The steep water was then drained off, and the slurry was ground in a laboratory blender. The ground slurry was screened through a 200-mesh sieve. The material remaining on the sieve was washed thoroughly with distilled water. The filtrate slurry was allowed to stand for 3 h. The supernatant was then removed, and the settled starch layer was resuspended in distilled water and centrifuged in wide-mouthed cups at 1200g for 20 min. The upper non-white layer was scraped off. The white layer was resuspended in distilled water and centrifuged at 1200g for 15 min. The upper non-white layer was scraped off
again, and the starch was collected and dried in an oven at 40 °C selleck screening library for 12 h. The starch isolation yield was approximately 24%, and the protein, ash and lipid contents in the native starch were approximately 0.43%, 0.14% and 0.19%, respectively, on a dry basis. Starch oxidation was performed according to the method described
by Wang and Wang (2003), with some modifications. A 35% starch slurry was prepared by adding deionised water to 200 g of starch (dry basis) to a final weight of 571 g in a 2 l reaction vessel and mantle. The starch slurry was maintained at 35 °C by occasionally turning off the mantle heating power, and the pH level was adjusted to 9.5 with 0.5 N NaOH. Twenty grams of sodium hypochlorite (1 g of active chlorine and 200 g of starch resulting in 0.50% active chlorine, w/w) was slowly added to the starch slurry over a period of 30 min while maintaining the pH level at 9.5 with 1 N HCl. After the addition of sodium hypochlorite, the pH value selleck chemicals llc of the slurry was maintained at 9.5 with 1 N NaOH for an additional 50 min. The slurry was then adjusted to a pH value of 7.0 with 1 N HCl, filtered by suction with a Buchner filter funnel (Whatman filter No. 4), washed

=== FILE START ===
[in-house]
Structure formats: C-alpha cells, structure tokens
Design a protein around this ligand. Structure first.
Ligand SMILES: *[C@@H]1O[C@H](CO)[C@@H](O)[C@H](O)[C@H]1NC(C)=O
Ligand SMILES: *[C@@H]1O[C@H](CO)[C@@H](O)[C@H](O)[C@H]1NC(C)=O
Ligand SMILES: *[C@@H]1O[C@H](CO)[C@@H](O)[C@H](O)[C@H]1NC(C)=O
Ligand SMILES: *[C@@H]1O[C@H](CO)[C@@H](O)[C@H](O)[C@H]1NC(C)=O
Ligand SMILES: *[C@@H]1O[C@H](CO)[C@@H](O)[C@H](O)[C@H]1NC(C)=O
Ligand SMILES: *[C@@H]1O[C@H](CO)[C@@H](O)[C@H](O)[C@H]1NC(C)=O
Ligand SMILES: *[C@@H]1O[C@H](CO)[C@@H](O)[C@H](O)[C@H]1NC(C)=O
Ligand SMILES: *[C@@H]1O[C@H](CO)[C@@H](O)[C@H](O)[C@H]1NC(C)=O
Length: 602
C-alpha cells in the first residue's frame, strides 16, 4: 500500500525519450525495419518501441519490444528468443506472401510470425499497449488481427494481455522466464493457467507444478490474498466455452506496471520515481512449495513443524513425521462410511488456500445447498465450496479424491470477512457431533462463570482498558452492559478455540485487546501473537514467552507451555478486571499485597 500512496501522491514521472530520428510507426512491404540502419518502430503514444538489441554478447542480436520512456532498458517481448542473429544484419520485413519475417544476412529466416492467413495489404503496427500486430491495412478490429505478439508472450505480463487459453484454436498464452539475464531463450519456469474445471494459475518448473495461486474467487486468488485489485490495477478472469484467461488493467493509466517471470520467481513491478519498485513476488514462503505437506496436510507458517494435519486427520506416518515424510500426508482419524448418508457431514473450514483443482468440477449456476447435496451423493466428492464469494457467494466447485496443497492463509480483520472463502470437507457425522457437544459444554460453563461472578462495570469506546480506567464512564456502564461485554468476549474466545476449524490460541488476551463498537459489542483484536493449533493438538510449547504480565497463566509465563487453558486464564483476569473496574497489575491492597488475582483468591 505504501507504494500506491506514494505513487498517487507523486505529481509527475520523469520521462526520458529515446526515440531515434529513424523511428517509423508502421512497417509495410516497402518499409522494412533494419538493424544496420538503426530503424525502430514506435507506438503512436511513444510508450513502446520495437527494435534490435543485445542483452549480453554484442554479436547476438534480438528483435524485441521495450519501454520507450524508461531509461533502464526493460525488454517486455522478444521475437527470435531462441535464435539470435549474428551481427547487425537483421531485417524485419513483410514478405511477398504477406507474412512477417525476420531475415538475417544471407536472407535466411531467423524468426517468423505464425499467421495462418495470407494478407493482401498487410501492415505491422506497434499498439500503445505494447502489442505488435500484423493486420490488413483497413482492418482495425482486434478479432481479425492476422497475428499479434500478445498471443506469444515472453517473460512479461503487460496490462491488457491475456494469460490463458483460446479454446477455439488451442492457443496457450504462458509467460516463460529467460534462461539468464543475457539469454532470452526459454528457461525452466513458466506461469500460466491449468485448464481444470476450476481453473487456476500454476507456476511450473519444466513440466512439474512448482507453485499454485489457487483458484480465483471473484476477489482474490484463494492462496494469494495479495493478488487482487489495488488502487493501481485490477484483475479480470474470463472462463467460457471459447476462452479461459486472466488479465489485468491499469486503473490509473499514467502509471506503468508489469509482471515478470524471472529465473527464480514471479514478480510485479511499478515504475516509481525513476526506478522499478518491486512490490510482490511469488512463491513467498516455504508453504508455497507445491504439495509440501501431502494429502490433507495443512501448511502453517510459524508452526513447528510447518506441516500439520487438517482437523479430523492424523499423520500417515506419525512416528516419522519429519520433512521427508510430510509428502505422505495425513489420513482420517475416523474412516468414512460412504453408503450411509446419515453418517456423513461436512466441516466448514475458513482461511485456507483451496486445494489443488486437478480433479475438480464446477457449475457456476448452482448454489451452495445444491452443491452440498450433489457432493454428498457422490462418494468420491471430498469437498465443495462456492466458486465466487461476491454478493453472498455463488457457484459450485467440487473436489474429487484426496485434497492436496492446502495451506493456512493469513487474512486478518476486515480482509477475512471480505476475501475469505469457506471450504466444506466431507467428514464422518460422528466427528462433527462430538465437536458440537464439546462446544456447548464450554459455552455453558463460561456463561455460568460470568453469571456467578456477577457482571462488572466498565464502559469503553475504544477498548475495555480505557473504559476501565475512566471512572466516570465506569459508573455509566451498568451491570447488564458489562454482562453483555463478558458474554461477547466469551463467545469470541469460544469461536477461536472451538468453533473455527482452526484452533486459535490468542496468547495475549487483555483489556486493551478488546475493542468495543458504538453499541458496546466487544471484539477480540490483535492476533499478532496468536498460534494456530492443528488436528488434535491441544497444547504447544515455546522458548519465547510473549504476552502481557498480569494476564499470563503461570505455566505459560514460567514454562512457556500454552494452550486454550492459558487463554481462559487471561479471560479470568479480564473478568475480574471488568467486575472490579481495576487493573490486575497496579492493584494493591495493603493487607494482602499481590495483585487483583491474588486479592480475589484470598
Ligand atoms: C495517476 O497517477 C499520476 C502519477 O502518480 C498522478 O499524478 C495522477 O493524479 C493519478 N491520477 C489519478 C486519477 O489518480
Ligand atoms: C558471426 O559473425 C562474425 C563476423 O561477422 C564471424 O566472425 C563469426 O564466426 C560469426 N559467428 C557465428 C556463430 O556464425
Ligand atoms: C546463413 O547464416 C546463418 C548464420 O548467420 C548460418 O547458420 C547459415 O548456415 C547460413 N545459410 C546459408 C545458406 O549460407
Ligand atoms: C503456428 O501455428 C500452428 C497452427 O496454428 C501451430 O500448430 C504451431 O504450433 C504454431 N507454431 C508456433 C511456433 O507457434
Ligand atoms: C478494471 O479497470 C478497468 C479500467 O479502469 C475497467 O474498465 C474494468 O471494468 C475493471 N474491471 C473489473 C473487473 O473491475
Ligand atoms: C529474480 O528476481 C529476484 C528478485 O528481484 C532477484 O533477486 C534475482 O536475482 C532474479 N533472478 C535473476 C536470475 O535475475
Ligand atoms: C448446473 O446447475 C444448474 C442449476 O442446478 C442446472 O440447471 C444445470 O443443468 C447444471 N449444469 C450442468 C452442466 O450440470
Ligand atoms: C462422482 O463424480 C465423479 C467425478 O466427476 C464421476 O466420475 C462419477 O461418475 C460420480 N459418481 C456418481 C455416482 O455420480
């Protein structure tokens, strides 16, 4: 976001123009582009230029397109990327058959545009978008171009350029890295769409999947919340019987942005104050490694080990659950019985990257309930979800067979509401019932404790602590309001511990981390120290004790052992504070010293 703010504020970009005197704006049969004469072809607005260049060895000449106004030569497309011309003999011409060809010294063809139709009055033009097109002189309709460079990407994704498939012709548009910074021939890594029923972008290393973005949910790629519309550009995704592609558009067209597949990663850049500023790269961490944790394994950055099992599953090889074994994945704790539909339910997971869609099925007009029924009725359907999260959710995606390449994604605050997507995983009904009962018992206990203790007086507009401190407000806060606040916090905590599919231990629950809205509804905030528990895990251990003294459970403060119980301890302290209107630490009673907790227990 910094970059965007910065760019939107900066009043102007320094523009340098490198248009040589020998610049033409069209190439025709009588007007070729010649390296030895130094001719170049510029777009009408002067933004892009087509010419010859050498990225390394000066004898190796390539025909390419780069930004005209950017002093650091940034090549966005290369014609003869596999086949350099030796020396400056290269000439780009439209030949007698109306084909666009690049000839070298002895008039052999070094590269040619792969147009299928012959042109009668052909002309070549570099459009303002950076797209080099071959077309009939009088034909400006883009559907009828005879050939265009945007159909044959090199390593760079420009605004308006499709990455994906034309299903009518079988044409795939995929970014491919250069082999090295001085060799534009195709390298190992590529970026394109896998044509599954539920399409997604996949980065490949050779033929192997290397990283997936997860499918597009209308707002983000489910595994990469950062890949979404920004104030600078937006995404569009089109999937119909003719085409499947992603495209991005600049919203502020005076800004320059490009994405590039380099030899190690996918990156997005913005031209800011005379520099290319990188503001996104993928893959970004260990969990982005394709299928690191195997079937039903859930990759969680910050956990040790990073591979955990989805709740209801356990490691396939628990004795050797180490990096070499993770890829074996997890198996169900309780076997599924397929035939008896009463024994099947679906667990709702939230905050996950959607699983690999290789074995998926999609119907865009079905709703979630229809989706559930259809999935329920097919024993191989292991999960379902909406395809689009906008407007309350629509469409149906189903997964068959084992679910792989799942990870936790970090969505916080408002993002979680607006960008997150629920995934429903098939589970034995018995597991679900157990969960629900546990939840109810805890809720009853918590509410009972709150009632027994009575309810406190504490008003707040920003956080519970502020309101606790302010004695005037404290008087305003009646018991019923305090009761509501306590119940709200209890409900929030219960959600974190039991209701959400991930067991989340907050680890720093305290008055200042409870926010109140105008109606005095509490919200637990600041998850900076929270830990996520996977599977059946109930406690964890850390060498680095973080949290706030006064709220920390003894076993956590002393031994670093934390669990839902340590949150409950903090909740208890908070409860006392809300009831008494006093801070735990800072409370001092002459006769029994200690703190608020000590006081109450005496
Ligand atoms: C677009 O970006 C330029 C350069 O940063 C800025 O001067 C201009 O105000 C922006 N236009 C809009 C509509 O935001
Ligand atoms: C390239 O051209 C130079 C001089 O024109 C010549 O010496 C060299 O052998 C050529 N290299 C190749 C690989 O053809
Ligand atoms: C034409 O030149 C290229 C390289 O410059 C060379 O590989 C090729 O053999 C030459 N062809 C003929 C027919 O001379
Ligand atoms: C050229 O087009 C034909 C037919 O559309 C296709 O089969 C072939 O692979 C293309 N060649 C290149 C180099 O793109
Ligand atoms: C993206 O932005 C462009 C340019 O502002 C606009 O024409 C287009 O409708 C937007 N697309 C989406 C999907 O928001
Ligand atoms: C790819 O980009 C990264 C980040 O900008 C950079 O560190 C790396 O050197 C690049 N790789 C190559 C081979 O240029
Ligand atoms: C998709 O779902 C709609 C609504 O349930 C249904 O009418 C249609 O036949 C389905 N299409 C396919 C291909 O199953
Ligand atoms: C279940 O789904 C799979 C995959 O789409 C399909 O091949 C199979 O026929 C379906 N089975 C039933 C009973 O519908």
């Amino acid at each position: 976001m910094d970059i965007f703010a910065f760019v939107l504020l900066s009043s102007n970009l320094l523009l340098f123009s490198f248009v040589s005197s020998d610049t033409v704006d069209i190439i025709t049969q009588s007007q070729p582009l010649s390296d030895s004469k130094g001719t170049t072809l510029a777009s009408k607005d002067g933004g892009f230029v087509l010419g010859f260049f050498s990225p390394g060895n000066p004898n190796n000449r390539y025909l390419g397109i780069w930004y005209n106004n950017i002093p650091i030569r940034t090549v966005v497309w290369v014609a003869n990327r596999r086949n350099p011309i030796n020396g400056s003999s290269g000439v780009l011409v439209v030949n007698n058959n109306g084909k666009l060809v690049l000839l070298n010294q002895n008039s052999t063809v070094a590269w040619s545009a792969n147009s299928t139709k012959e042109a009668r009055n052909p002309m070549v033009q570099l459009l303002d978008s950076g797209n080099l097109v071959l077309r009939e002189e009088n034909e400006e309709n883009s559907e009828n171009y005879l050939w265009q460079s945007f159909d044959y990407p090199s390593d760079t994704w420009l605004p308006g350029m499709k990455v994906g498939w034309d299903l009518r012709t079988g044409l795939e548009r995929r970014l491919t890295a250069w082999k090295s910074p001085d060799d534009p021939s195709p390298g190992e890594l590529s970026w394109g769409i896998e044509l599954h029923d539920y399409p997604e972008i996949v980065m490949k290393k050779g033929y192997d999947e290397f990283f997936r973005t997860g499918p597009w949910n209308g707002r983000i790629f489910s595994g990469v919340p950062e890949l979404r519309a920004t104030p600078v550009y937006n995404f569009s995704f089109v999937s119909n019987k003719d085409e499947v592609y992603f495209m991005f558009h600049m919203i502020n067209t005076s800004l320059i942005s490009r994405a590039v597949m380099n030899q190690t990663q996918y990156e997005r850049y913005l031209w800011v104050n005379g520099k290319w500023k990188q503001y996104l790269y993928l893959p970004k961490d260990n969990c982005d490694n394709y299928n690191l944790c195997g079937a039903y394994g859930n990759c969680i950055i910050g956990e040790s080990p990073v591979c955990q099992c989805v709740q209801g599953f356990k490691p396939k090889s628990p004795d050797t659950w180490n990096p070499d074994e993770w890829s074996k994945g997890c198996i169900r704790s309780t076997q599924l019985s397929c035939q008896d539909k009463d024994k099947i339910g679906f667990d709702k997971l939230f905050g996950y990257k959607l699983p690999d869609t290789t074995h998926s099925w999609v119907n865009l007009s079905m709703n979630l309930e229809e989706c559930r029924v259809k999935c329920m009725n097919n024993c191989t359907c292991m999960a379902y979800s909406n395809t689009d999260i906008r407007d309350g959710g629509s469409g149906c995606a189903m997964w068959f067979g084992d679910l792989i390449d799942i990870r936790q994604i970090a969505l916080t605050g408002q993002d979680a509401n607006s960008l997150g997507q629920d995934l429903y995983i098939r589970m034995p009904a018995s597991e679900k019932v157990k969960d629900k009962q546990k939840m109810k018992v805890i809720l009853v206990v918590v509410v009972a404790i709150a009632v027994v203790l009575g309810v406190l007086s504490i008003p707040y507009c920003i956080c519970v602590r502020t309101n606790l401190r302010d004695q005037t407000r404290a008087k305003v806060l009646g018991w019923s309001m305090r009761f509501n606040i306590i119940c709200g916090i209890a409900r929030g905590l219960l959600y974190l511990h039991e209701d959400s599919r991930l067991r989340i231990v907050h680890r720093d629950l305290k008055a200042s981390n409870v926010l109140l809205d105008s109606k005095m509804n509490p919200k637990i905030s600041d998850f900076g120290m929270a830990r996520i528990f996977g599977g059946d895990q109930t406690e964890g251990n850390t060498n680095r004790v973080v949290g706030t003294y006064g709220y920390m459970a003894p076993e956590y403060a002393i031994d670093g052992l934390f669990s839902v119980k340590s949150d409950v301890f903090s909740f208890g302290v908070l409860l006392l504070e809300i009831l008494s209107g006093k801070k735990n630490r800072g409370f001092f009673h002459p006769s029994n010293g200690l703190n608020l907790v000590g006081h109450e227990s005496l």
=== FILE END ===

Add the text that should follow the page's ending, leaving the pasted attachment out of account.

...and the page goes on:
with a twofold volume of deionised water and dried in a convection oven at 40 °C for 24 h. The same procedure was applied for different active chlorine concentrations (0.50%, 1.0% and 1.5%; w/w). The carbonyl content was determined Dimethyl sulfoxide according to the titrimetric method as described by Smith (1967). A starch sample (2 g) was added to 100 ml of distilled water in a 500-ml flask. The suspension was gelatinised in a boiling water bath for 20 min, cooled to 40 °C, and adjusted to a pH value of 3.2 with 0.1 N HCl. A hydroxylamine reagent (15 ml) was then added to the mixture. The flask was stoppered and placed in a 40 °C water bath for 4 h with slow stirring. The excess hydroxylamine was determined by rapidly titrating the reaction mixture to a pH value of 3.2 with standardised 0.1 N HCl. A blank determination with only the hydroxylamine reagent was performed in the same manner. The hydroxylamine reagent was prepared by first dissolving 25 g of hydroxylamine hydrochloride in 100 ml of 0.5 N NaOH, before the final volume was adjusted to 500 ml with distilled water.